- Outreach and Education. UAI organizes and promotes an important national calendar of events and activities to bring the entire population closer to astronomy, especially on the occasion of exceptional astronomical phenomena, also coordinating and supporting the action of local associations. UAI is strongly committed to enhancing the role of astronomy in the training programs of schools of all levels, with the accreditation of the MIUR, which also supports some national educational projects, such as “Il Cielo in una Scuola” (“Sky in a School”).
Thanks also to the “Astro-Academy” project, supported by the Ministry of Labor and Social Policies, UAI is also involved in training Delegation operators in the fields of education and dissemination.
- Fight against light pollution. UAI is committed to monitoring light pollution, promoting legislative initiatives such as municipal regulations and regional laws, finding forms of collaboration and program agreements with manufacturers and operators, and in general spreading public awareness of the problem.
- Technique and Tools. Technology is one of the basic tools of the astrophile, along with passion and knowledge. In a rapidly evolving technological landscape, and where the experimental and creative contributions of the astrophiles themselves are many, it is important to spread new knowledge and good practices in the amateur community.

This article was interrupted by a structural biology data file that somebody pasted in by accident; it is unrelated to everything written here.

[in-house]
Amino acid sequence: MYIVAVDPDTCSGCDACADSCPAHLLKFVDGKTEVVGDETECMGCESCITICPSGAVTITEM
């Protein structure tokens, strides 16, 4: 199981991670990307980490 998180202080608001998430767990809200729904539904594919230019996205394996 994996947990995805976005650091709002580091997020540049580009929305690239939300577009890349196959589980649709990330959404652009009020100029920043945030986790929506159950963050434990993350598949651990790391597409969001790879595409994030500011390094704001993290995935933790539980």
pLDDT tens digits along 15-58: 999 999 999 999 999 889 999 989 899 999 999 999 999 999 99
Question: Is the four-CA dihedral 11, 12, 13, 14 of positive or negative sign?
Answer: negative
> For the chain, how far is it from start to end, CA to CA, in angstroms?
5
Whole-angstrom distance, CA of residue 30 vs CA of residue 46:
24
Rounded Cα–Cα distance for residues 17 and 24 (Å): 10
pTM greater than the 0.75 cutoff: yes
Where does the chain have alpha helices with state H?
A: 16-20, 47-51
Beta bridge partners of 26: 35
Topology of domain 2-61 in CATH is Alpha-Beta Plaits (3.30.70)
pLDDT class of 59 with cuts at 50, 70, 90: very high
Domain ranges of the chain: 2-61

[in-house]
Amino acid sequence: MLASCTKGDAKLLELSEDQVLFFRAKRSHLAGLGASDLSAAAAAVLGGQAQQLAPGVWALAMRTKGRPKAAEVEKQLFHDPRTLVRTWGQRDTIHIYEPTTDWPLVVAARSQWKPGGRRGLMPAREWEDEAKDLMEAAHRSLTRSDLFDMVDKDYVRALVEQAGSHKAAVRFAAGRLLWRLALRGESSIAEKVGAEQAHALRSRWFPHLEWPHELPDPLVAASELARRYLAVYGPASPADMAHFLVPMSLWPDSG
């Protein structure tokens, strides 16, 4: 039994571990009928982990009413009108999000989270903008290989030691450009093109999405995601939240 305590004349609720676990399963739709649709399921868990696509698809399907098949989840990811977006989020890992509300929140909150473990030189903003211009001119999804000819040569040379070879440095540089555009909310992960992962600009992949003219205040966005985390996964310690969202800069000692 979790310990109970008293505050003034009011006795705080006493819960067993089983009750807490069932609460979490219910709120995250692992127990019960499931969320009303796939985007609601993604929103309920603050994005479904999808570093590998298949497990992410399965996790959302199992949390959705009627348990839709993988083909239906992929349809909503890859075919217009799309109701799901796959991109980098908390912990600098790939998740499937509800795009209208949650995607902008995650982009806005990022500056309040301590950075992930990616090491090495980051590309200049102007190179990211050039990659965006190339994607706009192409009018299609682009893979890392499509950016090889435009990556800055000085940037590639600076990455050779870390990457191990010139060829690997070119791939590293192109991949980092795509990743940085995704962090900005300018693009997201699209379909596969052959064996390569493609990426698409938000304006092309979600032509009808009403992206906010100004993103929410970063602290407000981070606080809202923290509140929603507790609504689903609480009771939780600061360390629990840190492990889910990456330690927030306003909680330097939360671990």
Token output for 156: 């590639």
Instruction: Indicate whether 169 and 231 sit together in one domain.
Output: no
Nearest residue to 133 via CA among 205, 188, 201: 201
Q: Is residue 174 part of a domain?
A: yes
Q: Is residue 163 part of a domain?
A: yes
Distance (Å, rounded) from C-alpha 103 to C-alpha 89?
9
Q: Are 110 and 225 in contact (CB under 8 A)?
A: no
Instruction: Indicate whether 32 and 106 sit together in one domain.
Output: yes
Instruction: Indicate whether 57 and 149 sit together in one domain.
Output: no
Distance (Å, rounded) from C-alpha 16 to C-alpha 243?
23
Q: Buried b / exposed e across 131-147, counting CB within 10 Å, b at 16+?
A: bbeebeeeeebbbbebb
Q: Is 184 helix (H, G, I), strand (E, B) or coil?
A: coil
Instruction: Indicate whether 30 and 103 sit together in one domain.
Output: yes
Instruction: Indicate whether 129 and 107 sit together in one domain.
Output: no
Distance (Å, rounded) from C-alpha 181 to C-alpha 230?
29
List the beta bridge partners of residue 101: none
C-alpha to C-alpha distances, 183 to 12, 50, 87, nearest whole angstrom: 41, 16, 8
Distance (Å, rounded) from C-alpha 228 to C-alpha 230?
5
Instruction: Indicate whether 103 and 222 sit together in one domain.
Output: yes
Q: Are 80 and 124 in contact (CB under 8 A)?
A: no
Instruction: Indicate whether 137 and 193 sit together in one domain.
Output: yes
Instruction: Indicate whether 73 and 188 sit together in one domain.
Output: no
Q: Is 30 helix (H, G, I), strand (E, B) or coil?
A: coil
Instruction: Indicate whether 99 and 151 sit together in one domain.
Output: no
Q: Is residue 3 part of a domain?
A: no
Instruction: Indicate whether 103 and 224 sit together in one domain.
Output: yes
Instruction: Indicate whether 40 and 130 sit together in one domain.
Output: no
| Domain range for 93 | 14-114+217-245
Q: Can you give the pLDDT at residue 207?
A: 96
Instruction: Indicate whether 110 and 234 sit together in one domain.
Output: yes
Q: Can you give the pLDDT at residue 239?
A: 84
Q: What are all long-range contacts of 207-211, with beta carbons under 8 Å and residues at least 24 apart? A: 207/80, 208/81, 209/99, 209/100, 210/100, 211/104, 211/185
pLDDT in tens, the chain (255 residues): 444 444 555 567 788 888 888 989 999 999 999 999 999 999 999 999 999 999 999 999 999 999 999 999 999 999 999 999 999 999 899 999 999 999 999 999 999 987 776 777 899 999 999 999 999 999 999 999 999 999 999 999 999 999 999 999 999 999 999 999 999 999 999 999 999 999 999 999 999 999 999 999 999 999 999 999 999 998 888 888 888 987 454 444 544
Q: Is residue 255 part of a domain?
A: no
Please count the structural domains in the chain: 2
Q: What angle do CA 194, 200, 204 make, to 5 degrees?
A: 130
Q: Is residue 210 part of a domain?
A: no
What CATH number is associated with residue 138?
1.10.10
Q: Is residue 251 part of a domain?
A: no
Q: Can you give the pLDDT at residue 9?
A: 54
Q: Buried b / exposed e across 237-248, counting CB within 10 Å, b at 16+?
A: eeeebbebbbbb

- ASTRONOMIA UAI: the magazine for all Italian astrophiles. It is the magazine that for decades has brought the news from the astrophiles’ world, featuring major scientific and popularization articles, technical, application and education columns, information on social life and the world of astrophilia. Summaries of key articles are regularly hosted in Astronomy & Astrophysics Abstracts.
- UAI Almanac: the tool indispensable for all astrophiles and sky enthusiasts. On the desk of many astrophiles since 1978, the Almanac illustrates all the astronomical phenomena of the year, the ephemeris of the Sun, Moon, Planets and satellites, asteroids, comets, meteor showers. The Almanac is also an educational tool, with explanations of the basic concepts of astronomy mentioned in the text, as well as advice and recommendations from UAI National Research Sections in order to make useful observations for statistical and research purposes.